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David Hampsten

If Portland was a city of several million, those tracks would continue under the airport and under the Columbia River to Vancouver WA, similar to the Minneapolis airport and most major airports in Europe.

I find it amazing how many airports in the US ban bicycles altogether, and most of the rest make it incredibly unsafe to ride to the airport or anywhere near it.

Allan Rudwick
Subscriber

I would love it if the NE 82nd Ave freeway portion had slightly better bike facilities on it. I always take that and then cut over to Skidmore to go further west. It is more direct and faster to get to the “good part” of the ride (neighborhood streets)

Based on the amount (lack) of traffic on that section, I wonder if it could be made 1-lane in each direction and and a really nice bike facility added

Editz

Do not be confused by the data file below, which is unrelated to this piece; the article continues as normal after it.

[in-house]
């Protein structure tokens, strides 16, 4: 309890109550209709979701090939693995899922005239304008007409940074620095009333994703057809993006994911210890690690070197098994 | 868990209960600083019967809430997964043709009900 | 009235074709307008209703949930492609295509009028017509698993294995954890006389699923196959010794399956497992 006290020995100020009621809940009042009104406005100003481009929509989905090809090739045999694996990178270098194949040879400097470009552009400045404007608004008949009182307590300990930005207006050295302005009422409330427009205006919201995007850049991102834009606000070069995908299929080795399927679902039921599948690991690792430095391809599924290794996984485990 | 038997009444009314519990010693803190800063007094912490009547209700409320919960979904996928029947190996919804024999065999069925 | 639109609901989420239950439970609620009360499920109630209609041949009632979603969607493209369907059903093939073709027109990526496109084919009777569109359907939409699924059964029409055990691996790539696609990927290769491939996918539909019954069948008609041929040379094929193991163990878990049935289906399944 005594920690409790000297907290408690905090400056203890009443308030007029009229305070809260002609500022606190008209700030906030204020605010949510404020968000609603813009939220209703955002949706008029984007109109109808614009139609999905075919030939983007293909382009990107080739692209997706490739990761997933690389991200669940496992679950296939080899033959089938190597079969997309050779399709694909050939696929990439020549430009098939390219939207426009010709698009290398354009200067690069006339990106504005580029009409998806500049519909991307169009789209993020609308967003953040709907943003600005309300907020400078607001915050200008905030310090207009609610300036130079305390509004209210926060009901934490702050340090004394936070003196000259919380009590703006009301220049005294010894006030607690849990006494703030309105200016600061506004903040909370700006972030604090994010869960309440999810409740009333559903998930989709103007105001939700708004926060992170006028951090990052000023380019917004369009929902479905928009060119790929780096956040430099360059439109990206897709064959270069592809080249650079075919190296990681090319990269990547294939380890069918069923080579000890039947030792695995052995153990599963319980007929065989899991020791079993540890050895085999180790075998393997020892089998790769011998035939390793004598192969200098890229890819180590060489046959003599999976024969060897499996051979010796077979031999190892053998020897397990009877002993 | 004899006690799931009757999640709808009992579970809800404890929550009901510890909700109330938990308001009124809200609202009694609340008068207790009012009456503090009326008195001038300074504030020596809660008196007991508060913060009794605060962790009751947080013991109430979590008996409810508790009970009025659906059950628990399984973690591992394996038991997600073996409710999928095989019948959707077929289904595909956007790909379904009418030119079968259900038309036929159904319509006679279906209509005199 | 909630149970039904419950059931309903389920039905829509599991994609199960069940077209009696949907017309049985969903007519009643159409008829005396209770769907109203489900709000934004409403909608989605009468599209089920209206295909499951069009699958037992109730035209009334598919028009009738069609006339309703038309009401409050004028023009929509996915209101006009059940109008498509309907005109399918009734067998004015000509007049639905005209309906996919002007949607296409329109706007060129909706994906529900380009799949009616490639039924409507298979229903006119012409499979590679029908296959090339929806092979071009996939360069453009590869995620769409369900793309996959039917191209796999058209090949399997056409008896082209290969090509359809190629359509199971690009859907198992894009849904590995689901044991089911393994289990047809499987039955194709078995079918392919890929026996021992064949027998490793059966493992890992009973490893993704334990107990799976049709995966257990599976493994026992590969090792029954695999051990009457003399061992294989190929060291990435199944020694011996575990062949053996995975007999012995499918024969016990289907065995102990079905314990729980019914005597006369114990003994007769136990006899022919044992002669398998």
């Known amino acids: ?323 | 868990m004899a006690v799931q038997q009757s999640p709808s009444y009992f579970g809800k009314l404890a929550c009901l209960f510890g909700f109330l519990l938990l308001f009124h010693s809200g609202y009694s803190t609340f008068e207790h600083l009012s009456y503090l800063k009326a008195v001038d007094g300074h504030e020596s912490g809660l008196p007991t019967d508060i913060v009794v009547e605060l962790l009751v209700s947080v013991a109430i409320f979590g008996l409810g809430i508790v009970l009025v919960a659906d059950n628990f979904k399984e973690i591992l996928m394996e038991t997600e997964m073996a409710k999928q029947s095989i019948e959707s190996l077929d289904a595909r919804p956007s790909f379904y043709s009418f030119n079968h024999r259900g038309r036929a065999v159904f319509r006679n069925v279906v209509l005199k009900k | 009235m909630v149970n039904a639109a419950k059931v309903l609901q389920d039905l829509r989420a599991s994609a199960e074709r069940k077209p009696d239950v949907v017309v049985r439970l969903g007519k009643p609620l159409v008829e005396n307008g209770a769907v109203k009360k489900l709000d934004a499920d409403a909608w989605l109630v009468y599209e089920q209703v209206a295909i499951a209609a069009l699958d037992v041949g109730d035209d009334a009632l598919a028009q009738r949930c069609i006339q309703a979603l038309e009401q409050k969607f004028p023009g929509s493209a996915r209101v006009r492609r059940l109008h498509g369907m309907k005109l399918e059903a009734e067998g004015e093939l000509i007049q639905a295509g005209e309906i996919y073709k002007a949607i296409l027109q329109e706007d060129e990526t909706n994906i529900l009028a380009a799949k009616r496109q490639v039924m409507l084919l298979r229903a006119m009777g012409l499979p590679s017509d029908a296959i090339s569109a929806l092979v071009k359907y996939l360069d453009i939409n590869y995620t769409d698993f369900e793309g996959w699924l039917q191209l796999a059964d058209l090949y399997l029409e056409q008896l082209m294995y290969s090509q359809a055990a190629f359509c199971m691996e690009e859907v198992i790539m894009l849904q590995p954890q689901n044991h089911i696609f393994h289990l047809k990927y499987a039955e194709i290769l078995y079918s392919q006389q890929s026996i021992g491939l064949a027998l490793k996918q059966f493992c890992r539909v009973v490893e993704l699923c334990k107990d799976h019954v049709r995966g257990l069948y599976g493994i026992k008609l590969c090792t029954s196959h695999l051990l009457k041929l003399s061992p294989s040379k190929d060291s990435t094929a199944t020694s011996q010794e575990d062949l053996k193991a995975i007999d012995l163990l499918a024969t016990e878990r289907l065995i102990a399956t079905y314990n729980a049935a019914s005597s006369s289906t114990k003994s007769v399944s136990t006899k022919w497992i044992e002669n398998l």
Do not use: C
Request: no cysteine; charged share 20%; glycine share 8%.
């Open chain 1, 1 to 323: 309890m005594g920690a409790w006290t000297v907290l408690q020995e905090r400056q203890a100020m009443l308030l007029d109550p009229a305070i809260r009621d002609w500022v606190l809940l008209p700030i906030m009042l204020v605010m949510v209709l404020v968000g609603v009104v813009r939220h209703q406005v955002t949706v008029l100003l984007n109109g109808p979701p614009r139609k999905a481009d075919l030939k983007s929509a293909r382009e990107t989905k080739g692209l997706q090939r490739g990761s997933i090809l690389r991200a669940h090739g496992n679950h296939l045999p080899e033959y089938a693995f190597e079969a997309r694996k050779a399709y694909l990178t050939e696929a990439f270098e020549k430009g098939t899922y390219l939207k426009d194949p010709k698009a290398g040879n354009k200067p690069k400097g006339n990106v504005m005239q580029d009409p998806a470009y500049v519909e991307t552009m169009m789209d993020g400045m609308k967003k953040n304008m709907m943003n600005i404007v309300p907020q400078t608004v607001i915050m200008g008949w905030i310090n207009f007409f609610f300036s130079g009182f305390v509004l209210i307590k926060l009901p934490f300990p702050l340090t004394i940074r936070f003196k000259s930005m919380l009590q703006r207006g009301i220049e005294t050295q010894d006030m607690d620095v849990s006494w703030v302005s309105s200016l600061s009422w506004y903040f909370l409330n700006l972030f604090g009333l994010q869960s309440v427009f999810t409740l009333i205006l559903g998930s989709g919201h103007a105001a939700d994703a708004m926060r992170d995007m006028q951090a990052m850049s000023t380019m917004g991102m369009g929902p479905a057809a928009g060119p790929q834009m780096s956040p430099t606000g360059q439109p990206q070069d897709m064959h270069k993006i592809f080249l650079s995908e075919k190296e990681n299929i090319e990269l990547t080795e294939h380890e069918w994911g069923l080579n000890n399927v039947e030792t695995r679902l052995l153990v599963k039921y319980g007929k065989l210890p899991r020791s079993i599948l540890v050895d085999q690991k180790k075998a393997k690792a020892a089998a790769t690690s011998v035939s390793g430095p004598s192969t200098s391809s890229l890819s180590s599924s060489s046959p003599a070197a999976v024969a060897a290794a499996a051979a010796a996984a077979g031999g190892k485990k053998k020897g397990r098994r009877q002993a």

Guest
Editz

A shame there aren’t more (any) long term Park & Ride facilities in Hillsboro or Beaverton to allow for more folks to take Max to the airport.

Chris I
Guest
Chris I

The land is more valuable as housing. Or at least, people wouldn’t be willing to pay the amount necessary to make them viable. There are feeder buses, and there is always the option to have someone drop you off at MAX, or even Uber/Lyft to MAX. You will still save a lot of money vs. parking or Uber/Lyft all the way to the airport.

Another Engineer
Subscriber
Another Engineer

Following up on Chris’s comment, Park and Rides are a net negative for TriMet revenues and there should be no further expansion of these systems.